I was blessed to be part of a History of Economic Thought Session, at which I presented the paper, "Austrian Economics as the Solution for Economic Development Theory." The abstract for the paper is as follows:

Two conflicting theories of economic development developed during the Twentieth Century following the proliferation of Keynesianism. A direct descendent of Keynesian theory, the Harrod-Domar model fueled so-called capital fundamentalism—the doctrine that capital alone was the determinate of economic growth. The Solow growth model and subsequent empirical studies drawing on that model asserted contrarily that capital accumulation was an insignificant contributor to economic expansion, but that technology was the driver of continued prosperity. Both frameworks rely on mathematical models and, hence, suffer from problems of aggregation as well as the serious limitations of rarifying assumptions. Much unproductive debate could have been avoided if economic analysis by Ludwig von Mises and other Austrians had been more fully understood and assimilated into the larger body of economic development literature. Austrian capital theory and Mises’ conception of capital as a tool of economic calculation, not merely an aggregate of homogenous physical goods reveals the important relationship between saving and investment in capital accumulation and wise entrepreneurship within the market division of labor as distinct, yet interrelated engines of prosperity. Such a link also helps to resolve the true relationship between capital and technology as sources of economic progress.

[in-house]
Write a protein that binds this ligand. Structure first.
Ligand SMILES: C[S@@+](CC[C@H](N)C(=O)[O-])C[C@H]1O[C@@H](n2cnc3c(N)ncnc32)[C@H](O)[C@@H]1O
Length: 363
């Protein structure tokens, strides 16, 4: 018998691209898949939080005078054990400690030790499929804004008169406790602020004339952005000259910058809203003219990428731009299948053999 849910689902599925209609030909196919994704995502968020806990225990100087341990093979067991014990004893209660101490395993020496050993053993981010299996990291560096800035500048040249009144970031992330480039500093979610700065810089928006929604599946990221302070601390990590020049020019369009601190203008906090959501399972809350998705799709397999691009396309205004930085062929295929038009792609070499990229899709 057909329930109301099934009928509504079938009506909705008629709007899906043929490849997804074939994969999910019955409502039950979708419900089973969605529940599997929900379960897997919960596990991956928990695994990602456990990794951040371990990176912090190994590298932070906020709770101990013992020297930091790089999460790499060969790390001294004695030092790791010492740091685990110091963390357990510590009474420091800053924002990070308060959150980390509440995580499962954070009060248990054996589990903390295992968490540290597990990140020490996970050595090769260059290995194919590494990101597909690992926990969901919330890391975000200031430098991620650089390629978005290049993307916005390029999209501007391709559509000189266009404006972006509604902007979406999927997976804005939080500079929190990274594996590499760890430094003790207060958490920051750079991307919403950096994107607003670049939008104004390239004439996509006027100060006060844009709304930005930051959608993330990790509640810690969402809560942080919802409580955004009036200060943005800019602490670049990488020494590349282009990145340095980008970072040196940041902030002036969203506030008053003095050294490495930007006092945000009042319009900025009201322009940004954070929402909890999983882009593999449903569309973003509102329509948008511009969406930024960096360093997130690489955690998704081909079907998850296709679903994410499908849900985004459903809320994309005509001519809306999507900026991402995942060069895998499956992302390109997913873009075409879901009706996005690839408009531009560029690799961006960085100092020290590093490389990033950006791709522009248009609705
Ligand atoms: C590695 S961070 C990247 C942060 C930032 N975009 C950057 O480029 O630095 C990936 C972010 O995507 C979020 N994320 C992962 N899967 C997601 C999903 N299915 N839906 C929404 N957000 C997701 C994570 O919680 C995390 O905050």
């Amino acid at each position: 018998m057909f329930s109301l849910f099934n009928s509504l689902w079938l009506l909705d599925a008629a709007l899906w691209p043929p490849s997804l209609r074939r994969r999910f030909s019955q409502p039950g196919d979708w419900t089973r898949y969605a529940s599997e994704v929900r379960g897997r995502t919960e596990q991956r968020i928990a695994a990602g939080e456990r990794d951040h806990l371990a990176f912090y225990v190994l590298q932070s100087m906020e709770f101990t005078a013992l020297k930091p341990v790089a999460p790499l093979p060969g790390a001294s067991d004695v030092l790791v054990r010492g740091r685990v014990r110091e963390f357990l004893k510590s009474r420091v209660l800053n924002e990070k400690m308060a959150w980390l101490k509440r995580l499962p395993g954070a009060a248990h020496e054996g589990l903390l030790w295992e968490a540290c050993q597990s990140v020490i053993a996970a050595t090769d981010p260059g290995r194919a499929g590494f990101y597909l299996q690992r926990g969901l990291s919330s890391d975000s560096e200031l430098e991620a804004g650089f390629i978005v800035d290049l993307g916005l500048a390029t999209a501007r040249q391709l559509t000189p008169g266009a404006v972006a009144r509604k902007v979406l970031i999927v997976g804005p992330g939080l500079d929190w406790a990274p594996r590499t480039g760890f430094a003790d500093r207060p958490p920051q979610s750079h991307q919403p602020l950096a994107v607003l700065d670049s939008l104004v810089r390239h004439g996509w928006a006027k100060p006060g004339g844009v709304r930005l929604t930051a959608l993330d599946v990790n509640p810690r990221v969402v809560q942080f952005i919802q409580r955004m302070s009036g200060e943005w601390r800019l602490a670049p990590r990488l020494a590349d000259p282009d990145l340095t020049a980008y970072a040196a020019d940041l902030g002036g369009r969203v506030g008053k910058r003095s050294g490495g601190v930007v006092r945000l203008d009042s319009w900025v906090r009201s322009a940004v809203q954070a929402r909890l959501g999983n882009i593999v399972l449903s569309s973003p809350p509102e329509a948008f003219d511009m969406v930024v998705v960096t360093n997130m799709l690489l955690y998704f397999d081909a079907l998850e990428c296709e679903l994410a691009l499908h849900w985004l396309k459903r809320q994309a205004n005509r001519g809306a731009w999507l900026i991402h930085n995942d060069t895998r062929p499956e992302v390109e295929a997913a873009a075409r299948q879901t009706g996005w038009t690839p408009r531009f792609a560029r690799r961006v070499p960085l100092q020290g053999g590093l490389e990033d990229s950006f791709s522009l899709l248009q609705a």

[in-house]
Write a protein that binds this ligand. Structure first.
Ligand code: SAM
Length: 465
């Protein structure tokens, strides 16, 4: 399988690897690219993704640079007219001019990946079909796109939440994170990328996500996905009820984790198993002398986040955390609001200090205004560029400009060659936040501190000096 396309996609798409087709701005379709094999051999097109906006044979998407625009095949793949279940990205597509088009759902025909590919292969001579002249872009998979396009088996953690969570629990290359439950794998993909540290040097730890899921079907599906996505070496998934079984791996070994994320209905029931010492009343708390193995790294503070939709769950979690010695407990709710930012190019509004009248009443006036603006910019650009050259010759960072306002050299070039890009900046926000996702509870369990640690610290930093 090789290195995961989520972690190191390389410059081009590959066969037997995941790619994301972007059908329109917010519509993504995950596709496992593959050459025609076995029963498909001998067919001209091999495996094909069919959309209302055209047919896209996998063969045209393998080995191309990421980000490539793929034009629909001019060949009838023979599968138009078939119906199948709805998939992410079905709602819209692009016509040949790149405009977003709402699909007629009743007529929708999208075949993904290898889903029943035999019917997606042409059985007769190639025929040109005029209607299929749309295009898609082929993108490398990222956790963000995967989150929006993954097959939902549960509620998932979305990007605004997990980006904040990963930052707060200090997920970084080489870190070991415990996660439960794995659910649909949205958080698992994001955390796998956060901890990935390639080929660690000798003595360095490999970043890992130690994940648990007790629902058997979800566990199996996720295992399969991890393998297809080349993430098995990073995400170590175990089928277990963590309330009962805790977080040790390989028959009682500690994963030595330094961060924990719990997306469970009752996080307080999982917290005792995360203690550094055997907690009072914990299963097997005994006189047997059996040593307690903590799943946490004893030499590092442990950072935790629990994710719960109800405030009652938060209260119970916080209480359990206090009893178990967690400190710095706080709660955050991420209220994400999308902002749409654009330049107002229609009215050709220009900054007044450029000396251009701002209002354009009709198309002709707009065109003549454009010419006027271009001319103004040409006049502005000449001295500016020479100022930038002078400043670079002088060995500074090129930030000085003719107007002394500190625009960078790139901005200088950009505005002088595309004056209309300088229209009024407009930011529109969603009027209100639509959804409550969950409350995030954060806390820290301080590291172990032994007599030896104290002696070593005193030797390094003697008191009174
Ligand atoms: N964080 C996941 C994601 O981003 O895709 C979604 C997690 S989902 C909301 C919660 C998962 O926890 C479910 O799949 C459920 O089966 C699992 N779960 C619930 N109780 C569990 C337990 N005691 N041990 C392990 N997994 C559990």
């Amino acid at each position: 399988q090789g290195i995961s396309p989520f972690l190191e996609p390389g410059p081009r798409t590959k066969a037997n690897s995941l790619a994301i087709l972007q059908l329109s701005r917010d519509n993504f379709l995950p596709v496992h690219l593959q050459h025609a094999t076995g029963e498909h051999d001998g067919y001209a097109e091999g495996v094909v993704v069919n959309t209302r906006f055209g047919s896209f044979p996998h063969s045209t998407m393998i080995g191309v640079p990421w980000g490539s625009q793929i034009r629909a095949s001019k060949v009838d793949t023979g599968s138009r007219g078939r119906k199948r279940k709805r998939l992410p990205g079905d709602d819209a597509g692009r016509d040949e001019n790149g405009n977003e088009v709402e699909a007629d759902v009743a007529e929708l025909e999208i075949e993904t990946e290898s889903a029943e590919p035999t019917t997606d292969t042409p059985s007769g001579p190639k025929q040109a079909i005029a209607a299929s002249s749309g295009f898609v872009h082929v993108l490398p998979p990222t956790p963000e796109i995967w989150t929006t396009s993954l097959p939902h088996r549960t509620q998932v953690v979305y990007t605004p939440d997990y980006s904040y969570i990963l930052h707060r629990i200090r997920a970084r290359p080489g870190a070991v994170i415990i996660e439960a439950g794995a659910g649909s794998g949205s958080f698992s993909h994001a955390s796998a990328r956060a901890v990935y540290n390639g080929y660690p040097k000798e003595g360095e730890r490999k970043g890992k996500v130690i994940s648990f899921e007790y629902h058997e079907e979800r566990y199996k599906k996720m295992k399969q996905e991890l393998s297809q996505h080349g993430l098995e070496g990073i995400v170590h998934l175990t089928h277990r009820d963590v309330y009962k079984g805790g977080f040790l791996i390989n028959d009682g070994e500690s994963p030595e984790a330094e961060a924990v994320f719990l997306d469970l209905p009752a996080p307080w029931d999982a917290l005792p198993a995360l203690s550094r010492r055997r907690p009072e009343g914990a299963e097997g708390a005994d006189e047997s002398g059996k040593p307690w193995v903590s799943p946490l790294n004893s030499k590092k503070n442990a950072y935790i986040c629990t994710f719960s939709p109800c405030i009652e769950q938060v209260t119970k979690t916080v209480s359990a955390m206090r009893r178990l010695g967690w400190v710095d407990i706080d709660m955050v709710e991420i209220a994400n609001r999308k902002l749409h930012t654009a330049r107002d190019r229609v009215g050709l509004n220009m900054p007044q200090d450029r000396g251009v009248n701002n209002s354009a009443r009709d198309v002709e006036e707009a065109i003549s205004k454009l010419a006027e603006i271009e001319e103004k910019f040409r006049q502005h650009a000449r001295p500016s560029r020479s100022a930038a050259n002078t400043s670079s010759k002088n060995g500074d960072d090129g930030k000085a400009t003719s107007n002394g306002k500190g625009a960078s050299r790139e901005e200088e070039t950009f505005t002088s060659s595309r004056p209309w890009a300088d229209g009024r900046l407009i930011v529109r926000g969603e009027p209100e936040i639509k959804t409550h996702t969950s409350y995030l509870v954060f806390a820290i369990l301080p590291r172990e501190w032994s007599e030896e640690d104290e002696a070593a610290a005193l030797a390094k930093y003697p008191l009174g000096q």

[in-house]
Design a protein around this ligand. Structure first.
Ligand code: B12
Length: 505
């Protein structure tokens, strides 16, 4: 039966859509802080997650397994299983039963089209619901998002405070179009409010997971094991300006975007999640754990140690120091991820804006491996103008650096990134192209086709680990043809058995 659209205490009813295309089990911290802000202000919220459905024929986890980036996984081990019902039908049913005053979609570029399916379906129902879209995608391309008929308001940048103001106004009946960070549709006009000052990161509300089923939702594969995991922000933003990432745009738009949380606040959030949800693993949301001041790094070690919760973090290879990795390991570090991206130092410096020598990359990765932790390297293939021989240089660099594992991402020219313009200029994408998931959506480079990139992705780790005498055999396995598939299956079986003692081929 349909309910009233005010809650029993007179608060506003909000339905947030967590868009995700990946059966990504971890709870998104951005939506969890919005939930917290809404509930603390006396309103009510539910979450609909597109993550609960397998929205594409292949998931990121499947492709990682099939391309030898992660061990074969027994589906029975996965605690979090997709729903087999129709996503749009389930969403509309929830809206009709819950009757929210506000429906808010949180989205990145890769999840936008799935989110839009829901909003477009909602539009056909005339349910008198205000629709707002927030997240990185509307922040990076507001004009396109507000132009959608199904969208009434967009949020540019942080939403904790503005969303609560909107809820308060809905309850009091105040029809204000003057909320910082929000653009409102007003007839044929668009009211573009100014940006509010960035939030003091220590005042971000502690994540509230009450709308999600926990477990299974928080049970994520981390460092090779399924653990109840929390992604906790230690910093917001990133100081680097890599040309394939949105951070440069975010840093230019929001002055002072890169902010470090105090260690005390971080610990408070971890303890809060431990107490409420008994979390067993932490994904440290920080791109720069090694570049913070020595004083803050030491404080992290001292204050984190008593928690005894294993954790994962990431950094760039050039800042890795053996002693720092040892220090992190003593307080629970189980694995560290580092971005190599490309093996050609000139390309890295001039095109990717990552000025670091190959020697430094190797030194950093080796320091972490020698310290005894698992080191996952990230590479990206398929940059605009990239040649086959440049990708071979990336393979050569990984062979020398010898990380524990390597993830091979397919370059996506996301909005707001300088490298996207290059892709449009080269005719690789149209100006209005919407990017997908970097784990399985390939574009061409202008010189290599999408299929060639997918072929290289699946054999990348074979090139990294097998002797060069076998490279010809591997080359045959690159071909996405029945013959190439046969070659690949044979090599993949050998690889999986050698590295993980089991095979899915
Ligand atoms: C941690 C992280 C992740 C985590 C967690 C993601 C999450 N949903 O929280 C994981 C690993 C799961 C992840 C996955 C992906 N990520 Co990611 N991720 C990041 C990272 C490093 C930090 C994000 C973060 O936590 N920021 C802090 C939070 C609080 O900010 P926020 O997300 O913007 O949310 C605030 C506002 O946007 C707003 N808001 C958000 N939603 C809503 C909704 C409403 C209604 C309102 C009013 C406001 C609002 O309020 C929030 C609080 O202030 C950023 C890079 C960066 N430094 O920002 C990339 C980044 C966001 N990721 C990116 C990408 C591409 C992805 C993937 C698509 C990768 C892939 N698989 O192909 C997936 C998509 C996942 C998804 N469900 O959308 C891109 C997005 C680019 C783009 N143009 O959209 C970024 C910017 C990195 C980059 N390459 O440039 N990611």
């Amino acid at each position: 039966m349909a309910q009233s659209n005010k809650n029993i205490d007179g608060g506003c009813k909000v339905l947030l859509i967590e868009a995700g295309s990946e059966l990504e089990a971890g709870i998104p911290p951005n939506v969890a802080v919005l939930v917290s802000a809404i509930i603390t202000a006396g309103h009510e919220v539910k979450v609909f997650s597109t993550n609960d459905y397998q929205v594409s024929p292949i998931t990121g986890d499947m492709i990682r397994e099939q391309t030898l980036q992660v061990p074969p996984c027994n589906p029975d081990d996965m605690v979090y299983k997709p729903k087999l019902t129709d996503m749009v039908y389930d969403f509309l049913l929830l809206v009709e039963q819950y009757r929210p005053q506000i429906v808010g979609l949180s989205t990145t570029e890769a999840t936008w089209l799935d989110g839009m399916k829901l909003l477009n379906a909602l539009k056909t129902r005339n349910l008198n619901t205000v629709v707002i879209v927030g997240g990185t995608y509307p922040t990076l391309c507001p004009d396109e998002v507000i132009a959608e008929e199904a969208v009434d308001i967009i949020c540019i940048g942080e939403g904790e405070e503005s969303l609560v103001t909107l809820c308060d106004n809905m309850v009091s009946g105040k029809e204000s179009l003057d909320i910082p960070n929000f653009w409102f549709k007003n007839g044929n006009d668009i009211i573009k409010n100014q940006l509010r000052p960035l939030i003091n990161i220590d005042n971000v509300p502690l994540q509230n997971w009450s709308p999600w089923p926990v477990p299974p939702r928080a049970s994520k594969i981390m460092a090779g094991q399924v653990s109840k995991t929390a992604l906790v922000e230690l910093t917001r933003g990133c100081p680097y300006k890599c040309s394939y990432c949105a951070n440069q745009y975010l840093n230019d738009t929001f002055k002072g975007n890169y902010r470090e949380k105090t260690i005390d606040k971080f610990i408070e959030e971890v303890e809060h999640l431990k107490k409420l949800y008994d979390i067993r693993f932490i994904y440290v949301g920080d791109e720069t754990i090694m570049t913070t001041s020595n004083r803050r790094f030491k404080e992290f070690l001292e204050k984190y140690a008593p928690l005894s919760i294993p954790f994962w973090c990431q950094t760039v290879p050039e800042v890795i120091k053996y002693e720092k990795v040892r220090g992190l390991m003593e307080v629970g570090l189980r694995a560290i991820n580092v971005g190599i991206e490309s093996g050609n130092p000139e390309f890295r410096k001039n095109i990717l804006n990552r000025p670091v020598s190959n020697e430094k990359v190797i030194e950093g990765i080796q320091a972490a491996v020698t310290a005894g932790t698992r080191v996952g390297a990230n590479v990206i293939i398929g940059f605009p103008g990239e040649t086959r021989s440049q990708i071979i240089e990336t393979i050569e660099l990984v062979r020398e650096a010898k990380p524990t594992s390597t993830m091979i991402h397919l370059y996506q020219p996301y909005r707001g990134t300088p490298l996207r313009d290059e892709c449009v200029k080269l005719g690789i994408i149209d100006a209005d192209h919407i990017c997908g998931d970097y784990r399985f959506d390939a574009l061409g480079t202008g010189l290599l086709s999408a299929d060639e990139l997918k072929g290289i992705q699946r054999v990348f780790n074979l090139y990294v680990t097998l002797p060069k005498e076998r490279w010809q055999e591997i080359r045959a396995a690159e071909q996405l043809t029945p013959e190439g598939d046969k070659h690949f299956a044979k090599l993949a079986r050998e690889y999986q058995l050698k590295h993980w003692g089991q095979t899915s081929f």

Tomorrow we will be treated to the Mises Memorial lecture given by my friend and Department Chair Jefferey M. Herbener.

Thursday, March 24, 2016

Socialism: Communist, Conservative and Social-Democratic Style

This past Saturday I was again blessed to be a guest on the program A Plain Answer. The show is broadcast on the Redeemer Broadcasting radio network. Dan Elmendorf and I talk about socialism in some of its several varieties. This program is as timely as our current election cycle You can listen to the discussion by clicking here.

Chapter 18 of my book Foundations of Economics: A Christian View is devoted to this subject. In it, I discuss both the economics and ethics of socialism. For those looking for an in-depth investigation into various forms of socialism and its alternative, the free market, I recommend Hans-Hermann Hoppe's A Theory of Socialism and Capitalism.